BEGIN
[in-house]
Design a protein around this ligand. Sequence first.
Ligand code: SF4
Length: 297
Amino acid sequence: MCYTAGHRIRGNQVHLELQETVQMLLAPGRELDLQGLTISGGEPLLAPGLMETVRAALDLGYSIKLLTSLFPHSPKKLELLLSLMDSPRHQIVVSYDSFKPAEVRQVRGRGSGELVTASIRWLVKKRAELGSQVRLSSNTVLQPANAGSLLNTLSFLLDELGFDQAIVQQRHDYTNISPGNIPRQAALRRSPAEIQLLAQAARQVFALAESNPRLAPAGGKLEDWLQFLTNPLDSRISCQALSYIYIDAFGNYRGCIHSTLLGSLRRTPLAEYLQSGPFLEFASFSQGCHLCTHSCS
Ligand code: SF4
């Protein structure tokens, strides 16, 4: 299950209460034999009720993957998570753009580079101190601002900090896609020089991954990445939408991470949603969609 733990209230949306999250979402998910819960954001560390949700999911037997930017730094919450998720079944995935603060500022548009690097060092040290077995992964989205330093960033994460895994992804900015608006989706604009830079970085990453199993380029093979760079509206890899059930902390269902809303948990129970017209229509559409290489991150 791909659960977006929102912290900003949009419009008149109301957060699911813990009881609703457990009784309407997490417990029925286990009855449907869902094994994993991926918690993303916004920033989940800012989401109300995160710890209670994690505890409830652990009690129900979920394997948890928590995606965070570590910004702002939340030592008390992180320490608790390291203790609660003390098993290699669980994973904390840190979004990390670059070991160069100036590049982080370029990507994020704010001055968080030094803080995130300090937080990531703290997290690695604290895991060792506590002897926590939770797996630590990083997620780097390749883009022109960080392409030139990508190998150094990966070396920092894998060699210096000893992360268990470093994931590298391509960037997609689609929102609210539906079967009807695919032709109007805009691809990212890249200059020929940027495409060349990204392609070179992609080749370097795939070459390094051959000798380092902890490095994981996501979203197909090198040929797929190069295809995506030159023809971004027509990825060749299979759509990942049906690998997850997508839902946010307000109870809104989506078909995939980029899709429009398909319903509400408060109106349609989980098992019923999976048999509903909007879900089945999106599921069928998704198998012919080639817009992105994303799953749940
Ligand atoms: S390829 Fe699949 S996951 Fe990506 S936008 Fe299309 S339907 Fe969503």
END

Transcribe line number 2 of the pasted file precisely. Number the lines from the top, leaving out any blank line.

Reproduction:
Design a protein around this ligand. Sequence first.